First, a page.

Eric Bloch: Economic Genocide: a Luta Continua

LAST week this column addressed the tragic circumstance that, for most of the last 25 years, major players in Zimbabwe’s governmental hierarchy have consistently pursued policies which have devastated the economy. 

They did so dogmatically, callously disregarding well-informed advices as to what needed to be done to assure a virile economy.  They did so in pitiless contempt for the consequential suffering of the Zimbabwean population.

So vigorously did they pursue their policies of economic destruction despite the authoritative contrary advice given them by so many, that it is an inevitable, and undoubtedly incontrovertible, that they did so in pursuit of absolute power and authority, and with extensively fulfilled objectives of self-enrichment. Their actions were indisputably devastating, but that accorded them no concern.

Distraught from their malnutrition, pronounced and endless hunger, grievous ill health and endless anguish, the populace had great expectations of economic recovery when the “inclusive government” came into being.

And their hopes were not wholly misplaced for the economic decline ceased, and progressively Zimbabwe experienced some meaningful upturn of the economy, albeit miniscule compared to what was needed.

Hyperinflation was replaced by deflation, scarcities of all basic commodities ceased and were replaced by widespread availability of most essentials.  Excessive and oppressive economic regulation diminished, exchange controls were substantially reduced, industrial productivity marginally increased as did that of mining and many other facets of economic recovery.

However, clearly these constructive developments were of great concern and distress to some of the political hierarchy, being those who had previously exercised absolute power and had in 2009 sustained, for the first time in 29 years, real erosion of their power base.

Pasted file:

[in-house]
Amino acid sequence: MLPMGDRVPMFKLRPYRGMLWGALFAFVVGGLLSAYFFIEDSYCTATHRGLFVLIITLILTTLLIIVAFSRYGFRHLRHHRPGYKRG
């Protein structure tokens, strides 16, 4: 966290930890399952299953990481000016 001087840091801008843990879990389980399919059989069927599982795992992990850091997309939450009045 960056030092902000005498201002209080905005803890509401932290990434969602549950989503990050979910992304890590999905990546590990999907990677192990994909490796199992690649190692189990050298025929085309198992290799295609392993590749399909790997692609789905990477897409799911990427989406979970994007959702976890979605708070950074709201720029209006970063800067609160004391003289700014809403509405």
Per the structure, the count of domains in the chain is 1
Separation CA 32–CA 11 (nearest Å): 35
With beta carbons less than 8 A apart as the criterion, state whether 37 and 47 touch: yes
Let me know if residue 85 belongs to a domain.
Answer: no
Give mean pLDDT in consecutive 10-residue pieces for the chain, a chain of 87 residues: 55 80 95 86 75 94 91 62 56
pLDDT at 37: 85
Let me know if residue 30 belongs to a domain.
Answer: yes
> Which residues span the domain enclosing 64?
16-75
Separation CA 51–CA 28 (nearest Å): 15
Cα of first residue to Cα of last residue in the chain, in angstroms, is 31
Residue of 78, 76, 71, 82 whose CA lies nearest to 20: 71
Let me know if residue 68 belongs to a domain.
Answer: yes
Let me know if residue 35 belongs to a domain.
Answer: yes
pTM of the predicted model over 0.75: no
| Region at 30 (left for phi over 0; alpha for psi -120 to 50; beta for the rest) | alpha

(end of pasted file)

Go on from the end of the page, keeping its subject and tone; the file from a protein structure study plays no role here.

Determined to recover lost ground, they have recently resumed pursuit of destructive policies and action targeted at restoring their power base, their absolute authority and wealth enhancement.

They are energetically striving to rebuild their support base by making specious and potentially disastrously negative economic promises, by enacting catastrophic legislation which can only weaken the general economy (whilst increasing their access to wealth), and by ongoing and intensifying actions in blatant contempt for law and order, and for due and proper respect for human rights.

Farm invasions continue unabated, with increasing violence, destruction and misappropriation of property, targeted at the very few farms still operated by whites.  Not only are there no attempts to curb the invasions, or to ensure compliance with law, and not only are Bilateral Investment Promotion and Protection Agreements (Bippas) studiously ignored, so too are the cataclysmic consequences upon the economy and upon Zimbabwe.

Agriculture was always the foundation of the economy until those supposed to care for the nation destroyed it.  Not only are the ill-conceived, poorly implemented land policies the cause of the near-annihilation of agriculture, but the invasions and those policies are a massive deterrent to investors, whose perception is   “they have expropriated the land, so next they will take the mines, then industry, then hotels, and then all else”.